Future developments in Biocatalysis for industrial applications should be directed into the expansion of capabilities of current biocatalysts, to obtain new biocatalytic activities able to transform the vast amount of non-natural compounds found in industry and to achieve productivities comparable to current chemical processes. There is no doubt that modern biological tools, such as protein engineering and directed evolution will play an important role in meeting these challenges. As biodiversity remains largely unexplored, developing high-throughput screening methods to discover new efficient enzymes will also impact upon the development of biocatalyzed process for production of biobased chemicals.
We would like to thank to CONACYT for the scholarship provided to first author and for project CB 2008-01-104429.
Conflicts of Interest
The authors declare no conflict of interest.
- Council of European Union. En Route to the Knowledge-Based Bio-Economy; German Presidency of the Council of European Union: Cologne, Germany, 2007. [Google Scholar]
- Sandoval, G.; Plou, F.G. Obtención enzimática de compuestos bioactivos a partir de recursos naturales iberoamericanos; Consejo Superior de Instigaciones Cientificas (CSIC): Madrid, Spain, 2012; pp. 1–336. [Google Scholar]
- Jahnz, U.; Schubert, M.; Baars, H.; Klaus, V. Process for producing the potential food ingredient DFA III from inulin-screening, genetic engineering, fermentation and immobilisation of inulase II. Int. J. Pharm. 2003, 256, 199–206. [Google Scholar] [CrossRef]
- Uchiyama, T.; Niwa, S.; Tanaka, K. Purification and properties of Arthrobacter ureafaciens inulase II. Biochim. Biophys. Acta 1973, 315, 412–420. [Google Scholar] [CrossRef]
- Kim, G.E.; Lee, S. Efficient production of DFA III (di-d-fructofuranose-dianhydride) from chicory root. In Abstracts of the World Congress on Biotechnology; DECHEMA: Berlin, Germany, 2000; Volume 272. [Google Scholar]
- Yokota, A.; Hirayama, S.; Enomoto, K.; Miura, Y.; Takao, S.; Tomita, F. Production of inulin fructotransferase (depolymerizing) by Arthrobacter sp. H65–7 and preparation of DFA III from inulin by the enzyme. J. Ferm. Bioeng 1991, 72, 258–261. [Google Scholar] [CrossRef]
- Kawamura, M.; Takahashi, S.; Uchiyama, T. Purification and some properties of inulin fructotransferase (depolymerizing) from Arthrobacter ilicis. Agric. Biol. Chem. 1988, 52, 3209–3210. [Google Scholar]
- Gosling, A.; Stevens, G.W.; Barber, A.R.; Kentish, S.E.; Gras, S.L. Recent advances refining galactooligosaccharide production from lactose. Food Chem. 2010, 121, 307–318. [Google Scholar] [CrossRef]
- Rastall, R.A.; Gibson, G.R.; Gill, H.S.; Guarner, F.; Klaenhammer, T.R.; Pot, B.; Reid, G.; Rowland, I.R.; Sanders, M.E. Modulation of the microbial ecology of the human colon by probiotics, prebiotics and synbiotics to enhance human health: An overview of enabling science and potential applications. FEMS Microbiol. Ecol. 2005, 52, 145–152. [Google Scholar] [CrossRef]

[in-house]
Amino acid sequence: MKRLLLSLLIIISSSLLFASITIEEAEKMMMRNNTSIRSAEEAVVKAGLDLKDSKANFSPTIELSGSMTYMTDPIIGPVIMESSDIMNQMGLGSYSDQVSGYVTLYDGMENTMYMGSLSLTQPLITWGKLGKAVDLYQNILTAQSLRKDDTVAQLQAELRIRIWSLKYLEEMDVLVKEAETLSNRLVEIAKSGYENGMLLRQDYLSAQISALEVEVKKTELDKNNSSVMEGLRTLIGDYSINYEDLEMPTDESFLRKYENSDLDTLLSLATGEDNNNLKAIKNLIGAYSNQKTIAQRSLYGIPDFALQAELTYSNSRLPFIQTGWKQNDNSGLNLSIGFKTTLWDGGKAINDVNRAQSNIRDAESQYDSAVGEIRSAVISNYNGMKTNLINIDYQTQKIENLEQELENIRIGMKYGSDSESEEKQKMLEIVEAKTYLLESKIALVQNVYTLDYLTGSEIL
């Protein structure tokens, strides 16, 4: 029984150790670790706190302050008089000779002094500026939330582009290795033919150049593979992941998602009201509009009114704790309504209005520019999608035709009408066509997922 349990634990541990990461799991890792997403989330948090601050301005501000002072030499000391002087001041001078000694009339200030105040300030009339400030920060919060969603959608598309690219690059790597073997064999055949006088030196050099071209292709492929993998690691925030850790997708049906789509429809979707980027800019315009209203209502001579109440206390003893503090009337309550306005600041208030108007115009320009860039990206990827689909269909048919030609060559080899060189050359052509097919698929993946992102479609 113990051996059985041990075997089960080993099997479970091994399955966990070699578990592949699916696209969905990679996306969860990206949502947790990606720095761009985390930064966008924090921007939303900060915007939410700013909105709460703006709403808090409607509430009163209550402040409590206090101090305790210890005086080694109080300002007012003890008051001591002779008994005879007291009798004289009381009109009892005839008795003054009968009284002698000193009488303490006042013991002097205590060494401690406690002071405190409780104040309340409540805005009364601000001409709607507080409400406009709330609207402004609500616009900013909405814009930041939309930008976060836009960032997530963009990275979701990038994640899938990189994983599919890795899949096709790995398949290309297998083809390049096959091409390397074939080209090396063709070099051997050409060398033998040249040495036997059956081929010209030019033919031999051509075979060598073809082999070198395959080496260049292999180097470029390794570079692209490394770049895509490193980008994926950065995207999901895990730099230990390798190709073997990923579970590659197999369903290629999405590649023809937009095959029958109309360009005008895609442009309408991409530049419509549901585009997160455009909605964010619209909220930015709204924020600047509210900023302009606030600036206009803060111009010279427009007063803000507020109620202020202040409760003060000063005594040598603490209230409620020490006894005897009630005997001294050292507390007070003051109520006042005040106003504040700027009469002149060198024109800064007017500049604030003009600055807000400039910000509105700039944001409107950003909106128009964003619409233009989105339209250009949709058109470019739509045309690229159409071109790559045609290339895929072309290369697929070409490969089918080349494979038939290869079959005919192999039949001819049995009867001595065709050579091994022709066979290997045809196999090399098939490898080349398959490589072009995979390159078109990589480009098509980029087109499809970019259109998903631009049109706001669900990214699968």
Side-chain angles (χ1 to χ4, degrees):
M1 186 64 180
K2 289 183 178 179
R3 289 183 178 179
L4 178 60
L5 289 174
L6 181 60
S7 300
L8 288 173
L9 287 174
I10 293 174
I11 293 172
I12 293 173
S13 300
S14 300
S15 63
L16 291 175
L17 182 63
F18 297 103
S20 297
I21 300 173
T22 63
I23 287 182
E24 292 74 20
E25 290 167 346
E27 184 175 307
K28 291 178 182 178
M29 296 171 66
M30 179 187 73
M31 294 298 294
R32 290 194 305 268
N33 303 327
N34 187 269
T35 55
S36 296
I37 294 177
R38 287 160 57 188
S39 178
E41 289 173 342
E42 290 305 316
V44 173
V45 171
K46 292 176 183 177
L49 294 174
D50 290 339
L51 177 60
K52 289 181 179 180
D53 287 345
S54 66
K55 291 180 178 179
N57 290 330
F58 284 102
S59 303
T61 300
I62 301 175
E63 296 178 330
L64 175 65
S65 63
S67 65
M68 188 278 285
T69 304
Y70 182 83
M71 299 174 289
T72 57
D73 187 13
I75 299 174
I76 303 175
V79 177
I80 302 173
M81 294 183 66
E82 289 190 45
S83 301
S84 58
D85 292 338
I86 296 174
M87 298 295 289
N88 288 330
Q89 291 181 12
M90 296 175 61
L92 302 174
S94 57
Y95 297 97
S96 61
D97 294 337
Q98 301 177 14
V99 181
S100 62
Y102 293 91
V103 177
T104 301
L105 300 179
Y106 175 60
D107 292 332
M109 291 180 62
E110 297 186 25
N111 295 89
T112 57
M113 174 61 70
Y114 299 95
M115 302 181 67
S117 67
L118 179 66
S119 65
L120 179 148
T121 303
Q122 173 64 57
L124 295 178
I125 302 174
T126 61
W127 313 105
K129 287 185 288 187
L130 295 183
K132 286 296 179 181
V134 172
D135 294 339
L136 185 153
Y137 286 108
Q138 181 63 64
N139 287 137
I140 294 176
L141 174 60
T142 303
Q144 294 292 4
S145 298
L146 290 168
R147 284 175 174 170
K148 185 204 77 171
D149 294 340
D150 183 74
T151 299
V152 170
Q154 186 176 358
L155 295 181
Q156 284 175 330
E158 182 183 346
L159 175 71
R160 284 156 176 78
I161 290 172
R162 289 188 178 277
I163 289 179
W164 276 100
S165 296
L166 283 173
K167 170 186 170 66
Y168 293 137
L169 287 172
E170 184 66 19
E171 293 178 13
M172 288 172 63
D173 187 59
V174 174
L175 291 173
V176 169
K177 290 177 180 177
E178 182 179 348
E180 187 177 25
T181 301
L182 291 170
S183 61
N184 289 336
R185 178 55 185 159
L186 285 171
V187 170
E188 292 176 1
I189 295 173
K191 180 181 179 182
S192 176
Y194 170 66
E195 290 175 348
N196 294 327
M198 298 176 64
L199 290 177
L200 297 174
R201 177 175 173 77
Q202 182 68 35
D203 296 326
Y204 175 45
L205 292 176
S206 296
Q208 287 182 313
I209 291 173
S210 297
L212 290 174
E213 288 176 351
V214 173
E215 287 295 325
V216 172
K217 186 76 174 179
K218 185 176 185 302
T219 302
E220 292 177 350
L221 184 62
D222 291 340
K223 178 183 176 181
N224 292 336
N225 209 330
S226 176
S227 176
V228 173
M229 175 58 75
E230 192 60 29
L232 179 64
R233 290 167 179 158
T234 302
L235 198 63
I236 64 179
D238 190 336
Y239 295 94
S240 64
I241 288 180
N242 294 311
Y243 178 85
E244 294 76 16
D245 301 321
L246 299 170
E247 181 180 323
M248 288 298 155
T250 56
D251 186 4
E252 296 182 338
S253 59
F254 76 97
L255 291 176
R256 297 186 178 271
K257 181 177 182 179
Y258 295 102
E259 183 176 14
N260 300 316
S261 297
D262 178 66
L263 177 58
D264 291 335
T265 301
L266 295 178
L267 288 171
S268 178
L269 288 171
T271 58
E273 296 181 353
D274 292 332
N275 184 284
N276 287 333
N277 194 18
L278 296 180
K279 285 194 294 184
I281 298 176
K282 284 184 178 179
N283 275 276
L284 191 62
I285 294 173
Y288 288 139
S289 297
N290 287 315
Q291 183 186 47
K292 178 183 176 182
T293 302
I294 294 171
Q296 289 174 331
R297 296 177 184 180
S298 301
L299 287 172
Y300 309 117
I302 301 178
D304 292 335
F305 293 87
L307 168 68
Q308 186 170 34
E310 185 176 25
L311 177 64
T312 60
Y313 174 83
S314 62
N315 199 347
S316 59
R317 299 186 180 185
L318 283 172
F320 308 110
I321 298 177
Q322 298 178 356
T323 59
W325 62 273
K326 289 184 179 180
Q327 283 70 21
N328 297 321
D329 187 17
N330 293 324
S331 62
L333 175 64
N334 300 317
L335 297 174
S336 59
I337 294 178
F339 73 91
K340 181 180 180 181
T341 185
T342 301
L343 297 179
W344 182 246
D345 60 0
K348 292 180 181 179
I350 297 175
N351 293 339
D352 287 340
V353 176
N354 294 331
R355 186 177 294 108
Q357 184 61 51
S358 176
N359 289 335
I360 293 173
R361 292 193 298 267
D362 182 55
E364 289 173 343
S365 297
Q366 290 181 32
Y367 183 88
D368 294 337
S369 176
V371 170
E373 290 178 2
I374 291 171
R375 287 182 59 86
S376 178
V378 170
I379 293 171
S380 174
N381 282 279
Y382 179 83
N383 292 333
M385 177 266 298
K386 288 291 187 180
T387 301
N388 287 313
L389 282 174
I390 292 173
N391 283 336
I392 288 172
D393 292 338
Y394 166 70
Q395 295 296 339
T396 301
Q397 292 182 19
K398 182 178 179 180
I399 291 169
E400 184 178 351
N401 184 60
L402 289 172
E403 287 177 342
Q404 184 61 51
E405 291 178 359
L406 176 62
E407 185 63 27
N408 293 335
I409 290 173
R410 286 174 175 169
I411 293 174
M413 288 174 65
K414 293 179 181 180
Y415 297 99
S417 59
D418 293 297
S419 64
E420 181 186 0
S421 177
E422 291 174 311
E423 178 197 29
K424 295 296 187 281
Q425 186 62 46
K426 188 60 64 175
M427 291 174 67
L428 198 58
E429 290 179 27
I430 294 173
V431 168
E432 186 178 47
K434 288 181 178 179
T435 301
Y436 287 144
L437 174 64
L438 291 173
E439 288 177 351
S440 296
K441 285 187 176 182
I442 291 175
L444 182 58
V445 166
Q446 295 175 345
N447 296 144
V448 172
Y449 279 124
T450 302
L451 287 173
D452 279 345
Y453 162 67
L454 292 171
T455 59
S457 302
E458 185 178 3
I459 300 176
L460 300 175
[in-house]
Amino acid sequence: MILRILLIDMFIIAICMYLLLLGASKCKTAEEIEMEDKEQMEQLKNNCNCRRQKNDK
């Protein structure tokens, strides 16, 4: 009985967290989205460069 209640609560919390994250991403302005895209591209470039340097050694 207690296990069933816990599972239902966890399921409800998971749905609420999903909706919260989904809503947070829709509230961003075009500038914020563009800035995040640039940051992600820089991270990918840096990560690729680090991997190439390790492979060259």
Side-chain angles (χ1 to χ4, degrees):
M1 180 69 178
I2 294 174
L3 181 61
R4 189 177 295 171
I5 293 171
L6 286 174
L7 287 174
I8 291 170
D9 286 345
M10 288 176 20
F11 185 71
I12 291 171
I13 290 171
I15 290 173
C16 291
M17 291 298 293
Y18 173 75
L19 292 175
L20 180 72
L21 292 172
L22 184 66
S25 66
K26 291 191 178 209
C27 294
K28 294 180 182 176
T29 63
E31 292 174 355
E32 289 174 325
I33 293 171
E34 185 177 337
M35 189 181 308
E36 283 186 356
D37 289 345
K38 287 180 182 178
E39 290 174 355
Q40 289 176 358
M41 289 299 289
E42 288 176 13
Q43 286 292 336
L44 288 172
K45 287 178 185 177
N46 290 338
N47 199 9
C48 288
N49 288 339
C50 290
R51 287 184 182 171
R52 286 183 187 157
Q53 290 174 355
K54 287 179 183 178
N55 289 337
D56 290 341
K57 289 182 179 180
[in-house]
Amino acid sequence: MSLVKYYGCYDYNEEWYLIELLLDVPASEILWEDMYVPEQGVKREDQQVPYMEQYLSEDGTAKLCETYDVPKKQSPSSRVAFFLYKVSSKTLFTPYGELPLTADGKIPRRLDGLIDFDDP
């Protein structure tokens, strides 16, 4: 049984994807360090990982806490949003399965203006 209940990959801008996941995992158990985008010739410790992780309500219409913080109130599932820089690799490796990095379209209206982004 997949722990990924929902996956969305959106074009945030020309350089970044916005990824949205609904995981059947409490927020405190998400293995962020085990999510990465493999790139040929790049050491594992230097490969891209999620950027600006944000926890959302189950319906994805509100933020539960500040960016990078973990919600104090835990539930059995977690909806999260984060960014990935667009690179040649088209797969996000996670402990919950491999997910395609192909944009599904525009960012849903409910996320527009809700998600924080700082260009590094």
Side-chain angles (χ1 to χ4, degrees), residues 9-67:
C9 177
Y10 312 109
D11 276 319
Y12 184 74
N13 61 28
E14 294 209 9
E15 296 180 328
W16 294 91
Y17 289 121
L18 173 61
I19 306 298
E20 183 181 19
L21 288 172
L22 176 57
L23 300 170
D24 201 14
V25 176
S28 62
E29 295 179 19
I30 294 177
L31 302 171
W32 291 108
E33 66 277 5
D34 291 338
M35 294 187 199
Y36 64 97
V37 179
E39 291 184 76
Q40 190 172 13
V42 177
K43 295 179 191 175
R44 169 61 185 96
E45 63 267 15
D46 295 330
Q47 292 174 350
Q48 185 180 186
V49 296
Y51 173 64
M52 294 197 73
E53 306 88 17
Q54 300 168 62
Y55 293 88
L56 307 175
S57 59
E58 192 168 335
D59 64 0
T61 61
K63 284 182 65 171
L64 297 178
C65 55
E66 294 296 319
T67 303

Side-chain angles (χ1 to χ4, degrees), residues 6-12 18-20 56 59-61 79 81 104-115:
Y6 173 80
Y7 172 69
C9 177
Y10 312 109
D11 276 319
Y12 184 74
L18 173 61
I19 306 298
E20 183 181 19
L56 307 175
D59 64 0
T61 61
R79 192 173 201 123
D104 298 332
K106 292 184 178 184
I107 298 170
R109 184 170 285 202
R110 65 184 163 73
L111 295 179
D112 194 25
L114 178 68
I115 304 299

- Sanz, J.I. Production of Glactooligo-Sacchariddes from Lactose by Immobilized β-Galactosidase and Posterioir Chromatographic Spearation. Ph.D. Thesis, Ohio State University, Columbus, OH, USA, 2009. [Google Scholar]
- Gullón, B.; Gómez, B.; Martínez-Sabajanesb, M.; Yáñez, R.; Parajó, J.C.; Alonso, J.L. Pectic oligosaccharides: Manufacture and functional properties. Trends Food Sci. Technol. 2013, 30, 153–161. [Google Scholar] [CrossRef]
- Neri, D.F.M.; Balcão, V.M.; Costa, R.S.; Rocha, I.C.A.P.; Ferreira, E.M.F.C.; Torres, D.P.M.; Rodrigues, L.R.M.; Carvalho, L.B., Jr.; Teixeira, J.A. Galacto-oligosaccharides production during lactose hydrolysis by free Aspergillus oryzae β-galactosidase and immobilized on magnetic polysiloxane-polyvinyl alcohol. Food Chem. 2009, 115, 92–99. [Google Scholar] [CrossRef]
- Barreteau, H.; Delattre, C.; Michaud, P. Production of oligosaccharides as promising new food additive generation. Food Technol. Biotechnol. 2006, 44, 323–333. [Google Scholar]
- Gaur, R.; Pant, H.; Jain, R.; Khare, S.K. Galacto-oligosaccharide synthesis by immobilized Aspergillus oryzae β-Galactosidase. Food Chem. 2006, 97, 426–430. [Google Scholar] [CrossRef]
- Whisner, C.M.; Weaver, C.M. Galacto-oligosaccharides: Prebiotic effects on calcium absorption and bone health. In Nutritional Influences on Bone Health; Burckhardt, P., Dawson-Hughes, B., Weaver, C.M., Eds.; Springer: London, UK, 2013; pp. 315–323. [Google Scholar]
- Perugino, G.; Trincone, A.; Rossi, M.; Moracci, M. Oligosaccharide synthesis by glycosynthases. Trends Biotech. 2004, 22, 31–37. [Google Scholar] [CrossRef]
- Dias, L.G.; Veloso, A.C.A.; Correia, D.M.; Rocha, O.; Torres, D.; Rocha, I.; Rodrigues, L.R.; Peres, A.M. UV spectrophotometry method for the monitoring of galacto-oligosaccharides production. Food Chem. 2009, 113, 246–252. [Google Scholar] [CrossRef]
- Rodríguez, B.; Poveda, A.; Jiménez, J.; Ballesteros, A.O.; Plou, F.J. Galacto-oligosaccharide synthesis from lactose solution or skim milk using the β-galactosidase from Bacillus circulans. J. Agric. Food Chem. 2012, 60, 6391–6398. [Google Scholar]
- Torres, D.; Gonçalves, M.D.P.F.; Teixeira, J.A.; Rodrigues, L. Galacto-oligosaccharides: Production, properties, applications, and significance as prebiotics. Compr. Rev. Food Sci. F. 2010, 9, 438–454. [Google Scholar] [CrossRef]